• Separately, grantmakers can partner with peers, collectively attending to policy change and culture shifts. Funder affinity groups can be excellent platforms for collaboration, allowing grantmakers to do the both/and of policy and culture change more effectively. (Democracy Funders Network, and Philanthropy for Active Civic Engagement, e.g.)

Granted, developing unlikely partnerships is not exactly easy. First, it requires some internal work around values priorities. Second, it is important to set clear boundaries and expectations for partnerships. Finally, collaborating outside your organizational comfort zone is uncomfortable for staff too, and they should be allowed to opt out of individual projects.


I’ll be writing blog posts on each of these issues in the coming weeks. For organizations seeking more support – such as a field analysis of existing efforts in a particular space or help working through values conflicts – schedule a free consult at


You don’t have to reach all the way to the extremes of “the other side” but there is expansive territory for goals that are still shared, despite the high level of polarization. Look for shared concerns and you’ll find them.

Where is religion in this? If it is correct that the left’s inattention, or derisive attention, to religion accelerated the success and the radicalization of the right, then the left must include religious communities, faith-based nonprofits, and multifaith nonprofits in its efforts to develop unlikely collaborations. For that matter, the Right could do with some of the same medicine and reach out themselves across the secular divide in pursuit of shared goals. See some of my other published works for the specific why and how (Ralph, 2020, 2021).


There are other resources available too, including a set beautifully curated by Philanthropy for Active Civic Engagement (PACE) through their Faith In/And Democracy Fund. I’ve had the pleasure of sitting on their advisory council for the last three years, but last November, they closed the four-year learning experiment with an impressive and truly pluralistic Summit. Last month, they released other resources for folks interested in the intersection of religion and democracy, including an extensive Funding Guide and a set of evidence about how faith can positively influence democracy. They have also partnered with the Democracy Funders Network to produce a guide on funding social cohesion, which I highly recommend.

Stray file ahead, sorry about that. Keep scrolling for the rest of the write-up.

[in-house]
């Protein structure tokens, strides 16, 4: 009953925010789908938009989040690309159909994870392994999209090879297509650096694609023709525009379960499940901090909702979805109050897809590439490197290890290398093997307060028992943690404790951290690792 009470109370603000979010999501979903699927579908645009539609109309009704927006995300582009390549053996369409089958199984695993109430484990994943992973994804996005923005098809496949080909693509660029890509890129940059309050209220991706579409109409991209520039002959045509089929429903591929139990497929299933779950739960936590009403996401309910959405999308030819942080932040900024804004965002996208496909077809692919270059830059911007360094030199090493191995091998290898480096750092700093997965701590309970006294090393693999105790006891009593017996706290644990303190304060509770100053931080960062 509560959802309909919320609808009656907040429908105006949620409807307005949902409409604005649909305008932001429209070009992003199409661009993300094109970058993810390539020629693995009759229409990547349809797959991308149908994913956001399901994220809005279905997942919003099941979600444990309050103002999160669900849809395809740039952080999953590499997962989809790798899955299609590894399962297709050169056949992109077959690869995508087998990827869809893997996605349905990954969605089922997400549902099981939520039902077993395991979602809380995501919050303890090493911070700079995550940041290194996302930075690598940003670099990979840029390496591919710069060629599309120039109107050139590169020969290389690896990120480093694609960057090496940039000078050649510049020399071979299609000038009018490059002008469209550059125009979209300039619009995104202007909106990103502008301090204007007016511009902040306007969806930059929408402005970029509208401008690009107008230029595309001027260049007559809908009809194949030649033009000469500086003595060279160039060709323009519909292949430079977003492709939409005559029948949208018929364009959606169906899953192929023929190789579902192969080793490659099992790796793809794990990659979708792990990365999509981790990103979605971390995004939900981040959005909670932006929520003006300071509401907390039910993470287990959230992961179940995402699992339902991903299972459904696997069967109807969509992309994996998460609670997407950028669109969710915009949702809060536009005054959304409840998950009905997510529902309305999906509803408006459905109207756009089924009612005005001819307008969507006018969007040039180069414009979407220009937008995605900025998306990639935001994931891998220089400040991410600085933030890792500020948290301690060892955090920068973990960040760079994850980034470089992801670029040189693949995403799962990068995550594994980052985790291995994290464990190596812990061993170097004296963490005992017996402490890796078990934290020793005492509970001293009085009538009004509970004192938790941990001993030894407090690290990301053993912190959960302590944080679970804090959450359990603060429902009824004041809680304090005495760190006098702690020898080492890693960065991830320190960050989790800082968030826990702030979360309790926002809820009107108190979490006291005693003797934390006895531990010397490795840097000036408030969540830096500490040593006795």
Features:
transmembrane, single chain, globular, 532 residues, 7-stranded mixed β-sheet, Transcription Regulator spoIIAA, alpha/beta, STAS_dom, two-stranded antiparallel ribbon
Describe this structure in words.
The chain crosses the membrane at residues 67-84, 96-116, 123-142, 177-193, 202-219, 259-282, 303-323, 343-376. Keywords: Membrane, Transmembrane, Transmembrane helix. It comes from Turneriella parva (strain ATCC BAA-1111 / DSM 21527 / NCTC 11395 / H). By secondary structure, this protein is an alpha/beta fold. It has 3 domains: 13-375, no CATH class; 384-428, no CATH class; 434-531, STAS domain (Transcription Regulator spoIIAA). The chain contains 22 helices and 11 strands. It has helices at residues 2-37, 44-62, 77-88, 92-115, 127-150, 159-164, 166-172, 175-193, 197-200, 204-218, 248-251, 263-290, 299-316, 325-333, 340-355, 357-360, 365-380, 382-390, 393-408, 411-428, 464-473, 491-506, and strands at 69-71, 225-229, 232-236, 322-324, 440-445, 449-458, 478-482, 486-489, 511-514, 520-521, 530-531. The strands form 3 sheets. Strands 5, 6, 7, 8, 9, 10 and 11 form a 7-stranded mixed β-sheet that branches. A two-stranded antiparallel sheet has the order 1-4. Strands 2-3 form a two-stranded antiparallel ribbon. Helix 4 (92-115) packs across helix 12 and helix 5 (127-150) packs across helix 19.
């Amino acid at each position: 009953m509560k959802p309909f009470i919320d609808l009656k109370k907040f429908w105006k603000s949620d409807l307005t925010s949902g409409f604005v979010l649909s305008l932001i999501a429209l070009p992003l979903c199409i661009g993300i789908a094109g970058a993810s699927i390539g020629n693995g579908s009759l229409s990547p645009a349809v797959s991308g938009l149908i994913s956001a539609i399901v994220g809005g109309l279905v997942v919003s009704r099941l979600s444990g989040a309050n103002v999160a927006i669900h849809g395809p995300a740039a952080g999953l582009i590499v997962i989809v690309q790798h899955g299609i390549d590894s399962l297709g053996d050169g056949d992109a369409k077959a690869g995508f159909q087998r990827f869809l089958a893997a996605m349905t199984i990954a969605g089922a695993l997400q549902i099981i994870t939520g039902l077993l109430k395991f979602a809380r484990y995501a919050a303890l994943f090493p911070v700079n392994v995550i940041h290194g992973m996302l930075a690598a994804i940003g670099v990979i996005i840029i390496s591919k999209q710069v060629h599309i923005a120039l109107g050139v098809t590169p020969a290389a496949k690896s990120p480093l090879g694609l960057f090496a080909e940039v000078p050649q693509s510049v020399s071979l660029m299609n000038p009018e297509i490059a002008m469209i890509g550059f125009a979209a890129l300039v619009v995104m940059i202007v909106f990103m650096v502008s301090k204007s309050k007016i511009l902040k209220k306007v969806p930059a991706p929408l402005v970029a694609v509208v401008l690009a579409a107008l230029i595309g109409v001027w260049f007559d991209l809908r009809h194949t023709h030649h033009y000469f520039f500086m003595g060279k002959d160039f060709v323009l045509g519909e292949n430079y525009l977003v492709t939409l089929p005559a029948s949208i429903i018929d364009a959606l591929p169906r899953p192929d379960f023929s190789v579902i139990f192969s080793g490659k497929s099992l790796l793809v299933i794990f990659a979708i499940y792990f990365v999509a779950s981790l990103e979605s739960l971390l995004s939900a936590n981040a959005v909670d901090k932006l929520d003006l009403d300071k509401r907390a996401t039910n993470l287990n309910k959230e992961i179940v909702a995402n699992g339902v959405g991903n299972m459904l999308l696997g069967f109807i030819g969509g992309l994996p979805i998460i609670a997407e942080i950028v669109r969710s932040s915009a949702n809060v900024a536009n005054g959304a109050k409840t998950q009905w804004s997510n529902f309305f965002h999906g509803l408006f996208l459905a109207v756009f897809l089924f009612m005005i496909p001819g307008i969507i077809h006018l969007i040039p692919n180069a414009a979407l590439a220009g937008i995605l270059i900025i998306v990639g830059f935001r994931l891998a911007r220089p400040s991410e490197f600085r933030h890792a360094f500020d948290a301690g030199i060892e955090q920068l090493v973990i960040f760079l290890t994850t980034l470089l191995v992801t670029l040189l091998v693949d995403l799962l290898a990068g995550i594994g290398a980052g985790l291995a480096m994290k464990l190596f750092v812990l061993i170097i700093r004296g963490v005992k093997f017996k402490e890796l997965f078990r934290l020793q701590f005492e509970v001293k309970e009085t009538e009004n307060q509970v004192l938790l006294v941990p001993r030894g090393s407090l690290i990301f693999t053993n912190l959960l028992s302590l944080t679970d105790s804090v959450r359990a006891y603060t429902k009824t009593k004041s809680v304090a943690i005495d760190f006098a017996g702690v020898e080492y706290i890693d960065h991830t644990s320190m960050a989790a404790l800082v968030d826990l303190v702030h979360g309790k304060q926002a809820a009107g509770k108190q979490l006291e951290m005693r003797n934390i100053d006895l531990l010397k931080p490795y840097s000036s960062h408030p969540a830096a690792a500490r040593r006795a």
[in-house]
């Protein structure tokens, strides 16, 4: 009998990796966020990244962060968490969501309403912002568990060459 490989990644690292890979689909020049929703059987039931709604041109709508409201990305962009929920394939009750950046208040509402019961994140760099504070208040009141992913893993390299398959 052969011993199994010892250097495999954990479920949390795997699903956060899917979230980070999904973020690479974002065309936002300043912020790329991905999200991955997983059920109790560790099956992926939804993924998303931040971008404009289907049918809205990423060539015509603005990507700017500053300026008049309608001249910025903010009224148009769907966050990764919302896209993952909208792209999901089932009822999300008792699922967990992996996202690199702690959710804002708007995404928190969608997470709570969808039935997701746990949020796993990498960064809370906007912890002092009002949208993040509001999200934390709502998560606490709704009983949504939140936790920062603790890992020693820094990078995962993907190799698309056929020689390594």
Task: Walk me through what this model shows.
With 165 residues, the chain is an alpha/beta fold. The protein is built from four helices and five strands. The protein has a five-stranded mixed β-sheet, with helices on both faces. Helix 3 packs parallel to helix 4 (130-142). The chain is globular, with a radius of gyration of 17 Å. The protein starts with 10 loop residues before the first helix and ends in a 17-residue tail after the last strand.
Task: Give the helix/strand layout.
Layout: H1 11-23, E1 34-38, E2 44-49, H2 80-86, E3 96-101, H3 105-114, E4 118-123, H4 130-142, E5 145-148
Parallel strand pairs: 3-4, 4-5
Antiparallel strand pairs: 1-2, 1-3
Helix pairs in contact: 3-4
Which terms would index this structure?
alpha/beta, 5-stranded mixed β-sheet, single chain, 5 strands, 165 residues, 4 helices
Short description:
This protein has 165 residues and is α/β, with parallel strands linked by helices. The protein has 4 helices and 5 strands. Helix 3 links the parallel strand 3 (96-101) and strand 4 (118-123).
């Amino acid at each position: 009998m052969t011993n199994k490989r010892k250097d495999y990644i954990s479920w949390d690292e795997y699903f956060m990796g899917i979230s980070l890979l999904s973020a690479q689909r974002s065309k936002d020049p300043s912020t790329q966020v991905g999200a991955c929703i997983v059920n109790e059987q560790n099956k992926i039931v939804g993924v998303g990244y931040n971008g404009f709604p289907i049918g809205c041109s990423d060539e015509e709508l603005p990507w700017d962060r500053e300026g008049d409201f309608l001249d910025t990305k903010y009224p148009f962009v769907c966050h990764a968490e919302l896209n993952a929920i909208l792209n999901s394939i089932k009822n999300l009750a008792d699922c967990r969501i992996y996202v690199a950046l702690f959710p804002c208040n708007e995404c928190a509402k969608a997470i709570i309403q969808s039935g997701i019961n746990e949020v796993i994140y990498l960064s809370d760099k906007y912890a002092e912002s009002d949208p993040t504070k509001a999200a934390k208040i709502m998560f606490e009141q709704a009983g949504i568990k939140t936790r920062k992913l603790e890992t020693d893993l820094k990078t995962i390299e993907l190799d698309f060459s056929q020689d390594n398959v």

As you develop strategy during this charged election year, consider ways to partner with would-be dissenters. Seek support from peers and specialists along the way.
Start with one partnership on one discreet area of shared concern.
Just start.


Works cited 

Braunstein, R. (2021). A Theory of Political Backlash: Assessing the Religious Right’s Effects on the Religious Field. Sociology of Religion, srab050.

Jones, R. P. (2021). White Too Long. Simon & Schuster.

Kleinfeld, R. (2018). A Savage Order: How the World’s Deadliest Countries Can Forge a Path to Security. Pantheon.

Masters, S. B. (2022, March 31). Philanthropy Needs to Own Up to Its Role in Fueling Polarization. The Chronicle of Philanthropy.

Nosek, B. (n.d.). Strategy for Culture Change. Retrieved September 18, 2023, from

Olmstead, M. (2024, January 6). The Radical Evangelicals Who Helped Push Jan. 6 to Wage War on “Demonic Influence.” Slate.

Ralph, A. K. (2020). The Multiplier Effect: A Case Study of Faith-Based Community Organizations in Chicago, IL. The Aspen Institute.

Ralph, A. K. (2021). But What if They Preach: A Guide for Funding Faith-Inspired Grantees with Boundaries and Integrity. The Aspen Institute.

Talisse, R. B. (2021). Sustaining Democracy: What We Owe to the Other Side. Oxford University Press.

Whitehead, A. L., & Perry, S. L. (2020). Taking America Back for God: Christian Nationalism in the United States. Oxford University Press.

Williams, D., K. (2010). God’s Own Party: The Making of the Christian Right. Oxford University Press.